Convict Research

This doctoral research project was undertaken at the Queensland University of Technology to research convict culture in the early colony from 1788 to 1840.  

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Convict dance research

Museum exhibition: Dancing in Fetters – the culture of convict dance

Museum events

Video [coming soon]

Database [currently under construction]

Old Bailey Court Transcripts

Prisons

Convict Ships

Colonial Police Reports

Convict Dancing Masters

Convict Musicians

Dance and music

Dance in convict theatres

 

14 Responses to Convict Research

  1. Jeanette Mollenhauer says:

    Dear Heather,
    I’m beginning the final year of a PhD at the Sydney Con.
    I’m looking at traditional dance practices amongst the Irish and Croatian communities in Sydney, which involves some historical investigation.
    I have a book by Anne McMahon called “Convicts at Sea” and Anne has provided me with copies of logs by ships’ doctors which simply record that the convicts danced on deck, from which I conclude that it was either sean nos or ceili dancing since the convicts were mostly from Ireland.
    Anyway, I will be at the Australian Folklore Network conference in March and I see you’re giving a paper (I moved house before Christmas and everything else went by the wayside so I’m not presenting this year).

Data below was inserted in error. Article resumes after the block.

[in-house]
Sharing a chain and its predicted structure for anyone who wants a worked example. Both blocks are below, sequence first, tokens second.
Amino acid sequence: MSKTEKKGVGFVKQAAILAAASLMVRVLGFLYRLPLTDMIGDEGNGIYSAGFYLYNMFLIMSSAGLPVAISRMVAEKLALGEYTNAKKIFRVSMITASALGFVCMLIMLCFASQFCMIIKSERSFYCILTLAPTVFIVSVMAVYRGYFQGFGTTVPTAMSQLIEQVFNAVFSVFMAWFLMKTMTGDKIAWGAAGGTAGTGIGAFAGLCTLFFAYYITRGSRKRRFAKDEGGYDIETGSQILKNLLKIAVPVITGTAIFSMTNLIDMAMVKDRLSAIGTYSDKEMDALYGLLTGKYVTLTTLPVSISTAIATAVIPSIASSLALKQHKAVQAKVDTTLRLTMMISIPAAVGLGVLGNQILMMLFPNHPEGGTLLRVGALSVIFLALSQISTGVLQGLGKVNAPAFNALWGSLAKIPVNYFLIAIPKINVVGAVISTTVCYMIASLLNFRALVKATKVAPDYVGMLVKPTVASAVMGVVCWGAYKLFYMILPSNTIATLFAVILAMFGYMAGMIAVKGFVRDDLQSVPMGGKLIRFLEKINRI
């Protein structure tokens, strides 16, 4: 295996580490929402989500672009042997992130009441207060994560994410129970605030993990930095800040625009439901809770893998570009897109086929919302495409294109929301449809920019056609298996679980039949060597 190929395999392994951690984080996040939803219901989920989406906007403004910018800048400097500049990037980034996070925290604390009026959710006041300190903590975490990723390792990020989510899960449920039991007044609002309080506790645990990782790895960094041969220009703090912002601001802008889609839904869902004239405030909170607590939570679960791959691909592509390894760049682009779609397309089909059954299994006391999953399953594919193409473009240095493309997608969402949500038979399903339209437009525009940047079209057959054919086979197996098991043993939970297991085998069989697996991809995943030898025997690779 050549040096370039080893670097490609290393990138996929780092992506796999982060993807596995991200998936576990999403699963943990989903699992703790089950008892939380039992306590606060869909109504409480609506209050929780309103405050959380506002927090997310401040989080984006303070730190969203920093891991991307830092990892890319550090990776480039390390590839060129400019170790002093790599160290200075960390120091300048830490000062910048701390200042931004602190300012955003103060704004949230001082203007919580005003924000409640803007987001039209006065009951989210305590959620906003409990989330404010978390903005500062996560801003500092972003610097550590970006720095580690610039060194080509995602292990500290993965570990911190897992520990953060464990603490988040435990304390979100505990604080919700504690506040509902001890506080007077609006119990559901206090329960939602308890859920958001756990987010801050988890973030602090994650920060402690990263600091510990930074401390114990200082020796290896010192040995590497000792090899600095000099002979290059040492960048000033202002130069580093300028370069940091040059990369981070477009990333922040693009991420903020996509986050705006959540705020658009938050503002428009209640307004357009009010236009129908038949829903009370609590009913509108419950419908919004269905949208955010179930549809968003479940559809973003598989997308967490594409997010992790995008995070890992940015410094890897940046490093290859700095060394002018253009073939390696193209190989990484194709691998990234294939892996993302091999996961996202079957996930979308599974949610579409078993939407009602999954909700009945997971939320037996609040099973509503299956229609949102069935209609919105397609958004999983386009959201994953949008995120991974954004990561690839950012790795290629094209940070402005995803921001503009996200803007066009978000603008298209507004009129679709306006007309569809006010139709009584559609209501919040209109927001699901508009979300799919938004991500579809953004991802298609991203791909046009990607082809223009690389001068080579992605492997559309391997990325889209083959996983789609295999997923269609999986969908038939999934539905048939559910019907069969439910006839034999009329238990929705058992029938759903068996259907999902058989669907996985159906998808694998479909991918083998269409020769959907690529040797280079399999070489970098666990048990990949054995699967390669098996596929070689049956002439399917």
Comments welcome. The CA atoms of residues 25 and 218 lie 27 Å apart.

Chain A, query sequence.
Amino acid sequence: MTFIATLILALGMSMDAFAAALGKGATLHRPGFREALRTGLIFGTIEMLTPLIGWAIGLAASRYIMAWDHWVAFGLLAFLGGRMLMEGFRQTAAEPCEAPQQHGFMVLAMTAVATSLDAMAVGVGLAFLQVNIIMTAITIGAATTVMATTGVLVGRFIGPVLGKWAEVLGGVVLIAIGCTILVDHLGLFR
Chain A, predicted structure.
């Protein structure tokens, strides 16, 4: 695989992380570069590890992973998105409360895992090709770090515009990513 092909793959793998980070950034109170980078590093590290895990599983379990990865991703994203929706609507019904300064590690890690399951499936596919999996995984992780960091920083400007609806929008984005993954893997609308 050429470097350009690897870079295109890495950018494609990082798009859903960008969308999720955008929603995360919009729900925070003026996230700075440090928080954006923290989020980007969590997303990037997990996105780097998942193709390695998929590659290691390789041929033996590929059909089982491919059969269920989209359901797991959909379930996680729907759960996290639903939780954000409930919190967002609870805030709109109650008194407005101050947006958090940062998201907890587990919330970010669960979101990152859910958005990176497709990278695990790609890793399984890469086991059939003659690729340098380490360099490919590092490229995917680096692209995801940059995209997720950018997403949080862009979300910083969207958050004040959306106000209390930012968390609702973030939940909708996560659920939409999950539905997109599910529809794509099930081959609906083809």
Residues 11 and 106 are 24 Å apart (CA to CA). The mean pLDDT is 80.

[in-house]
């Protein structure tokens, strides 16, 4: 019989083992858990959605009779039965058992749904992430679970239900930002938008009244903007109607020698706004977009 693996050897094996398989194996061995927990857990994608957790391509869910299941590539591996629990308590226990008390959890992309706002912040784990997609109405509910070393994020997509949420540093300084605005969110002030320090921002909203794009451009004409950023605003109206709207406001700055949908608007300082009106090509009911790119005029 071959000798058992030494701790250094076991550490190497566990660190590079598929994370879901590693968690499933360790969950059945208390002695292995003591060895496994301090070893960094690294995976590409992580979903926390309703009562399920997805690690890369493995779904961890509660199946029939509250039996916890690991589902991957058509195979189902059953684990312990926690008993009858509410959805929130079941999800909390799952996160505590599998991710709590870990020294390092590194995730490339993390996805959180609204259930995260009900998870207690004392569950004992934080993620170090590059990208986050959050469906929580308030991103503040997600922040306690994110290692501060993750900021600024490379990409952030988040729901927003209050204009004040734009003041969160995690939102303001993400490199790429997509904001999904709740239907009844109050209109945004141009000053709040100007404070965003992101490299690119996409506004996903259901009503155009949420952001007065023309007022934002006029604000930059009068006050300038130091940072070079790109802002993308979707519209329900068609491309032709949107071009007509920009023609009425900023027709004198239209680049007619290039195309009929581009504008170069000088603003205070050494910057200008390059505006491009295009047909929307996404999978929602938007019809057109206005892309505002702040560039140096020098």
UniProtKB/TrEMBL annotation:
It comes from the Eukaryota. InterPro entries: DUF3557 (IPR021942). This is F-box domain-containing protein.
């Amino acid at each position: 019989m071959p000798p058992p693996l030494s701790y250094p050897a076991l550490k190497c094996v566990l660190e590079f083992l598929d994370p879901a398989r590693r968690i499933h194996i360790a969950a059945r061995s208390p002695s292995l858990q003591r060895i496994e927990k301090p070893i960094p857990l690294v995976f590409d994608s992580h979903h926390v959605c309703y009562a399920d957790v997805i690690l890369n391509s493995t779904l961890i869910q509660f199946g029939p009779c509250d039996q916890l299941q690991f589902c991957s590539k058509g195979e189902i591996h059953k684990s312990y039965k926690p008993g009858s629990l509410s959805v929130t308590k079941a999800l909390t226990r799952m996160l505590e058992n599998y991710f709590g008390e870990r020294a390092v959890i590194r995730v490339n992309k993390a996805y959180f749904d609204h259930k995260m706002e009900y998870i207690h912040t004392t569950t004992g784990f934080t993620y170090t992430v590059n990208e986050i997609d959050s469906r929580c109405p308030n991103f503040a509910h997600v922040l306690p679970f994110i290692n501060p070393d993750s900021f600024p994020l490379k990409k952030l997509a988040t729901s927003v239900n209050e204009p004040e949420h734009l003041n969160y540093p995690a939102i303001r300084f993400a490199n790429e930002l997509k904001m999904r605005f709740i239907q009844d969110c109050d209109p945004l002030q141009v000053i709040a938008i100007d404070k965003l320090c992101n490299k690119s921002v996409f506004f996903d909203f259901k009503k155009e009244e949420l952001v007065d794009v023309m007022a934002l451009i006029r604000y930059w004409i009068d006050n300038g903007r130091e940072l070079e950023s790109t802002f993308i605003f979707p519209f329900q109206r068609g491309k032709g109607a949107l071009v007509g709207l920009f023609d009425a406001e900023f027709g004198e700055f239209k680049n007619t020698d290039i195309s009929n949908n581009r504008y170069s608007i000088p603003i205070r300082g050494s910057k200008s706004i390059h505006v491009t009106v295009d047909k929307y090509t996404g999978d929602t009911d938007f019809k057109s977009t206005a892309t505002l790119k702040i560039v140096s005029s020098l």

I look forward to hearing your paper and meeting a fellow dance researcher- we are rare indeed in Australia.

    • Heather says:

      Hello Jeanette,
      Lovely to hear about your research. As you say, dance historians are very rare animals.
      In the 1980s, when I lived in Sydney, I used to dance with the Dwyer Irish dance studio and the Sydney Irish Ceili Dancers. I’ve danced with various other Irish groups – mostly step-dancing, as I’ve moved about. I expect you know Margaret Winnett (Sydney) and Dr John Cullinane’s work.
      I’ve amassed a fair collection of information about Irish dance in the 1800s. It will be great to discuss your research at the Folklore Conference.
      Thanks for getting in touch,
      Heather

  2. Pingback: Special Events | Australian Colonial Dance

  3. Tom Miller says:

    Jeanette and Heather,
    best of luck with your fascinating research into dancing.
    Have you had much luck with material from art galleries?

    • Heather says:

      I’ve been able to compile a large collection of pictures of ‘lower order’ dancing. We’re planning to include a database of images as an online resource once permission is obtained from the various libraries, museums and galleries.

  4. I’m not sure there was much dancing or merriment at Moreton Bay under Captain Logan.

    • Heather says:

      I know Captain Logan has been demonized to some extent, and research has shown that he was probably no worse than other officers of the day.
      The convict, John Bushelle taught dancing to the officers and their families during his time in Moreton Bay in the 1830s. Graeme Skinner has more information on the Australharmony site http://sydney.edu.au/paradisec/australharmony/bushelle-family.php